Access, authority and education are some factors that make certain groups a higher risk, which could mean they benefit from supplemental cybersecurity awareness training.
No one is immune to cyber threats—anyone is a target, and anyone (even those working in IT) can have a bad day, get caught off-guard while distracted, or become too arrogant to believe they’d fall for a phishing scam.
But there are some factors that make certain groups of employees higher risk, which could mean they benefit from customized or supplemental cybersecurity awareness training.
Here are some questions to ask that help identify these higher-risk groups.
What data and systems do they have access to?
The web team has admin access to your website. Finance and accounting deal with payments. HR likely retains sensitive employee data. Each department, and the various roles within each department, has access to data and systems. If these were to be compromised, they would affect your organization’s ability to operate.
Don’t forget, there are people other than traditional employees who have access to systems as well. Contractors, co-op students, etc. may not be the first people that come to mind when assessing risks to your organization, but they are still vulnerable. Don’t forget about cybersecurity awareness training for them as well.
What special powers and influence do they have in their role?
Whaling is a common form of phishing that targets executives in the hope of gaining access to more profitable and/or sensitive information. This means that decision-makers in the C-Suite are at a higher risk of being targeted by cyber criminals.
Another common phishing tactic involves spoofing an email to appear as if it’s coming from a person in a high position. A request for login access or payment that looks like it’s coming from a big boss increases the urgency and pressure to click.
How much training have they had? Have they been clicking links in phishing simulations?
When a user starts CIRA Cybersecurity Awareness Training, their risk score is higher, since they haven’t confirmed that they understand cybersecurity basics first. Once they’ve completed baseline onboarding training, their risk score will improve. As they continue to report suspected phishing emails to IT, their risk score will go down. If they happen to be repeat clickers (which IT admins would be able to see in the training platform), their risk score would go up and supplemental training automatically is assigned.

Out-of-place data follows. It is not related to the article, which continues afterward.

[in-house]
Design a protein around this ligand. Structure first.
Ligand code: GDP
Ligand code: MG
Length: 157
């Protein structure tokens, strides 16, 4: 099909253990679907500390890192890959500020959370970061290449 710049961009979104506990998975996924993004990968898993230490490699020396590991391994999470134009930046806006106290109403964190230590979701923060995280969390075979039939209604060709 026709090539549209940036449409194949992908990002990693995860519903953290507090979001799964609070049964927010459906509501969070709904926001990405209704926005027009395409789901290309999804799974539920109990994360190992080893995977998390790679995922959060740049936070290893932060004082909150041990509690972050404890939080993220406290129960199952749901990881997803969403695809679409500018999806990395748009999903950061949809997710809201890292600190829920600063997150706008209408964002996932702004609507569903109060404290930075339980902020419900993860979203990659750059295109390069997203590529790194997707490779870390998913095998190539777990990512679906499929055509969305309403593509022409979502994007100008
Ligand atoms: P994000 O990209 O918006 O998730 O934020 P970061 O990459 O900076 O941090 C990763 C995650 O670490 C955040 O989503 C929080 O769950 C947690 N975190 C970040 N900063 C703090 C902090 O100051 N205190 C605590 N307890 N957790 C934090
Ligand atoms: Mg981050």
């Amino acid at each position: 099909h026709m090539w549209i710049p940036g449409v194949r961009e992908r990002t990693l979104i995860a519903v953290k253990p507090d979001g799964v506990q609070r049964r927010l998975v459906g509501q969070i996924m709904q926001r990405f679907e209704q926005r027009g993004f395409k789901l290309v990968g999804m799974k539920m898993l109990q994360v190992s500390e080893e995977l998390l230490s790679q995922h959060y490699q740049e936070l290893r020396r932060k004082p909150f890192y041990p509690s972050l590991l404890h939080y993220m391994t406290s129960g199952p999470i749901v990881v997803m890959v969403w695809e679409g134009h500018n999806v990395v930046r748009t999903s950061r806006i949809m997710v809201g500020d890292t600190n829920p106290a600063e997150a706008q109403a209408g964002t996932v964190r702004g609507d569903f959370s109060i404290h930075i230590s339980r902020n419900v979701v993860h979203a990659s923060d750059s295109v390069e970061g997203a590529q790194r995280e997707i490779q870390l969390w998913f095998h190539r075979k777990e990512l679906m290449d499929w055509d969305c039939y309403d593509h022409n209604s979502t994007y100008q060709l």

What can you do to address high cyber risk groups?
You might accept that there will always be some form of cyber risk with certain groups, but here are some tips to help protect your organization’s data and systems:
- Assign supplemental training: create a specialized workflow for certain departments or roles (combination of courses and targeted phishing simulations)
- Introduce helpful processes, tools and policies: review how employees request and grant access to systems; introduce tools like a password manager; have a clear process for handling vendor payments
- Implement Role-Based Access (RBAC): each employee should only be able to access what information is needed to do their job. And it’s dangerous to assume people working in higher-up roles should get access to everything—they probably don’t need to access these systems on a day-to-day basis.
- Provide ongoing training: new employees are not yet familiar with the proper processes that follow cybersecurity standards and are therefore at a higher cyber risk. That being said, tenured employees may become complacent and can also easily fall victim to a phish—that’s why ongoing training is important. Most of our training customers elect for automated phishing simulations sent on a monthly basis.
- More extreme measures: everyone plays a role in keeping an organization’s data and systems safe, and for some repeat clickers it warrants a discussion involving the manager on the potential consequences of their behaviour, or restricting access to systems.